Byfuglien arrested for drunk boating
ROSS ROMANIUK, QMI Agency
|The mugshot of Jets defenceman Dustin Byfuglien after his arrest for boating while intoxicated Wednesday, Aug. 30, 2011 in Minnestoa. (Handout)
WINNIPEG - Winnipeg Jets star defenceman Dustin Byfuglien is facing possible charges after being arrested on suspicion of boating while intoxicated on a lake in a Minneapolis suburb.
Byfuglien, a 26-year-old Roseau, Minn., native, spent about three hours in jail in Minneapolis overnight Wednesday following his arrest by a Hennepin County Sheriff’s Office deputy on Lake Minnetonka, in Excelsior, Minn.
He was released from custody shortly before 2:30 a.m. Thursday after being booked for “probable cause” on intoxicated boating, and for allegedly refusing a blood or urine test.
Steve Tallen, a Lake Minnetonka Conservation District attorney, will consider laying charges against Byfuglien — one of the Jets’ most talented players — within the coming days.
“He’s one of the big stars everyone is talking about,” Dave Dupont, a Jets fan wearing one of the team’s new sweatshirts, said after the arrest began making headlines. “I hope it doesn’t affect our season — him being suspended or any reaction from the league. I hope it can be dealt with outside of hockey.”
Jets spokesman Scott Brown said little about the arrest, noting the team was gathering details.
The arrest itself is big news, but hardly the biggest about Byfuglien, who was second on the Thrashers in scoring last season with 53 points. According to Darren Wolfson of Minnesota-based ESPN 1500, Byfuglien tipped the sheriff’s office scales at 286 pounds — about 40 pounds heavier than his purported playing weight.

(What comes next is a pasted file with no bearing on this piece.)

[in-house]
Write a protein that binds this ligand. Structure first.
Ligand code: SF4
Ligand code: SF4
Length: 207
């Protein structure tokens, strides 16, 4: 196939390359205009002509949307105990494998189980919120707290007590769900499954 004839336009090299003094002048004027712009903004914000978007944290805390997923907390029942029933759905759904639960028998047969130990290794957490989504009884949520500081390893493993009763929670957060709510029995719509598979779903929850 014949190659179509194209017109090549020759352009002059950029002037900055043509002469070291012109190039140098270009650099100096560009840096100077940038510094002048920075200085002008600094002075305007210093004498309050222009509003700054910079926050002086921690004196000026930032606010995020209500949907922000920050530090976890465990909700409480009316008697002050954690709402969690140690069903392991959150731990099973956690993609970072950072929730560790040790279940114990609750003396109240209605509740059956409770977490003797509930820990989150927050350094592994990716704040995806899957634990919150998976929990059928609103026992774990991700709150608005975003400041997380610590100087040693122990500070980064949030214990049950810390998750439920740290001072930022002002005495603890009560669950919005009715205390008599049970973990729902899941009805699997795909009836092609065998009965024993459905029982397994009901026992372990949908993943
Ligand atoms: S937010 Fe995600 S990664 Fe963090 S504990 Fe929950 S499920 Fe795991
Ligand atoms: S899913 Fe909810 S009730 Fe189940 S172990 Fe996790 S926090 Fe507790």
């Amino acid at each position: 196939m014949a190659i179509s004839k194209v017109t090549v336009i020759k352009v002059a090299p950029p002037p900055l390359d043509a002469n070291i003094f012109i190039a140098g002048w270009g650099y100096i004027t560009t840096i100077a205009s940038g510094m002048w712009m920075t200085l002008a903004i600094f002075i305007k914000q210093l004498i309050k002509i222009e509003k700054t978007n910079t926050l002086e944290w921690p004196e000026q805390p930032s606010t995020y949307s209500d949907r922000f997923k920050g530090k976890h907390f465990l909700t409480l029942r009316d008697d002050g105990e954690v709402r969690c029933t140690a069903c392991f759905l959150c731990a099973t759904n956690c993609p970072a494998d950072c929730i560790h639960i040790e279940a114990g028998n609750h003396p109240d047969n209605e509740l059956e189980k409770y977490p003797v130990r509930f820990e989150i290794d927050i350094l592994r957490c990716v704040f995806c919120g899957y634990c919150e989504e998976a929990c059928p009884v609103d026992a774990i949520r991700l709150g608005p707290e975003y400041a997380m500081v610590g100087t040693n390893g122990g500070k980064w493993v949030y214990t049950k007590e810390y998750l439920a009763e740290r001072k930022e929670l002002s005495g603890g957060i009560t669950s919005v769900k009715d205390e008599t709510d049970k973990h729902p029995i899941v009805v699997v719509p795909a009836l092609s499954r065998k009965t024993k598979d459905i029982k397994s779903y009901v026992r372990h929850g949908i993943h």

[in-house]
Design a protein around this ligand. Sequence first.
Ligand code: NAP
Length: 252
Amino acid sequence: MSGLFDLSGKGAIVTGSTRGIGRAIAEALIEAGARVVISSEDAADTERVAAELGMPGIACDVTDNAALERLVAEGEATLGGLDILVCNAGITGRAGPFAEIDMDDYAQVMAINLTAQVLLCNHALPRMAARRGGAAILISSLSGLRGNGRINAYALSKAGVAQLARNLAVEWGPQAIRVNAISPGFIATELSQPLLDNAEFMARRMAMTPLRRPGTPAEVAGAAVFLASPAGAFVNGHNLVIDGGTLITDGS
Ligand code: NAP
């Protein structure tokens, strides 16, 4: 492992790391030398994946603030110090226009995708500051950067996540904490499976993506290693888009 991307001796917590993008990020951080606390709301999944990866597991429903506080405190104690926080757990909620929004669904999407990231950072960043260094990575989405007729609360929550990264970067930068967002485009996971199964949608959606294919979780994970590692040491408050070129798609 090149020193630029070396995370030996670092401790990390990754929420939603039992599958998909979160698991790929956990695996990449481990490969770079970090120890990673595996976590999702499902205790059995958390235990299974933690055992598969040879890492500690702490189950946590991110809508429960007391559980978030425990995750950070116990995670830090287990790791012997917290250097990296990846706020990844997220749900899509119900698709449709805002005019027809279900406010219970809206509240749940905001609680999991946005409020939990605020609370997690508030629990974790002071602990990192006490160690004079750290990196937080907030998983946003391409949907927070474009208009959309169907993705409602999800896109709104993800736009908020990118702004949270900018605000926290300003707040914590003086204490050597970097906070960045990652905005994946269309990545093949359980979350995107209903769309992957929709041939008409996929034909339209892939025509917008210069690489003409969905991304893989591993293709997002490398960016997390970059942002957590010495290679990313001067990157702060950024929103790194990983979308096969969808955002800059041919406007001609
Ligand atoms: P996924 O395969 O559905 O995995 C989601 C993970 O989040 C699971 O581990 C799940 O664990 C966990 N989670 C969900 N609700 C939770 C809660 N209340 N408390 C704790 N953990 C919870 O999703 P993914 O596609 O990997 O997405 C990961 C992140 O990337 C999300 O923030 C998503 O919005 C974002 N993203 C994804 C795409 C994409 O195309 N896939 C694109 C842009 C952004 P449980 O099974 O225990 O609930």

On Twitter, Wolfson said he had been told Byfuglien “weighed in at 286 lbs. Holy crap! He played at about 245 lbs. last year.”
The sheriff’s office gave no information on potential sentences if Byfuglien is charged and convicted.
If Byfuglien is left with a criminal record, though, he could run into legal roadblocks with the Jets. Lisa White, spokeswoman for the Canada Border Services Agency, said anyone with a criminal conviction is generally inadmissible to Canada.
In that case, however, Byfuglien would be able to apply for a temporary resident permit, which White said is for “permission, consideration, to enter Canada for a specified purpose” for a certain period.
She declined to speculate on the chances of such a high-profile athlete being granted a resident permit, and how quickly.
“They’re determined on a case-by-case basis,” White said. “It would come with terms and conditions.”
— With files from Ted Wyman